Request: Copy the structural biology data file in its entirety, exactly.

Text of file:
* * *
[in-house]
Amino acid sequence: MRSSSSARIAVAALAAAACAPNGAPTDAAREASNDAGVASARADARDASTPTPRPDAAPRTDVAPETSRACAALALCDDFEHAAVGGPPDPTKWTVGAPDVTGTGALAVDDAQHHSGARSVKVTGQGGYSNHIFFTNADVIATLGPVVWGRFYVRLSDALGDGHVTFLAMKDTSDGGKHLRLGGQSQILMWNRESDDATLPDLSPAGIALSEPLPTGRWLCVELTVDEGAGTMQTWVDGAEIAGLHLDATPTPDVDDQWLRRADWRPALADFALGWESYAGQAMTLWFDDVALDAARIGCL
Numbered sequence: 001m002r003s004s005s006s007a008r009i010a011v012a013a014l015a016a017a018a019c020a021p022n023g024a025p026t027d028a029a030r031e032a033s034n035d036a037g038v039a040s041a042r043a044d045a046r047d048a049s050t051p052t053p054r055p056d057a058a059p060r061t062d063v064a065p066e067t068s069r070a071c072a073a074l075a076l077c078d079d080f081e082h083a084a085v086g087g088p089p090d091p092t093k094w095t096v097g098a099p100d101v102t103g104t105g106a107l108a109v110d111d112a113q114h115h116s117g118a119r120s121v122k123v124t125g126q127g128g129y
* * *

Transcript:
[in-house]
Amino acid sequence: MRSSSSARIAVAALAAAACAPNGAPTDAAREASNDAGVASARADARDASTPTPRPDAAPRTDVAPETSRACAALALCDDFEHAAVGGPPDPTKWTVGAPDVTGTGALAVDDAQHHSGARSVKVTGQGGYSNHIFFTNADVIATLGPVVWGRFYVRLSDALGDGHVTFLAMKDTSDGGKHLRLGGQSQILMWNRESDDATLPDLSPAGIALSEPLPTGRWLCVELTVDEGAGTMQTWVDGAEIAGLHLDATPTPDVDDQWLRRADWRPALADFALGWESYAGQAMTLWFDDVALDAARIGCL
Numbered sequence: 001m002r003s004s005s006s007a008r009i010a011v012a013a014l015a016a017a018a019c020a021p022n023g024a025p026t027d028a029a030r031e032a033s034n035d036a037g038v039a040s041a042r043a044d045a046r047d048a049s050t051p052t053p054r055p056d057a058a059p060r061t062d063v064a065p066e067t068s069r070a071c072a073a074l075a076l077c078d079d080f081e082h083a084a085v086g087g088p089p090d091p092t093k094w095t096v097g098a099p100d101v102t103g104t105g106a107l108a109v110d111d112a113q114h115h116s117g118a119r120s121v122k123v124t125g126q127g128g129y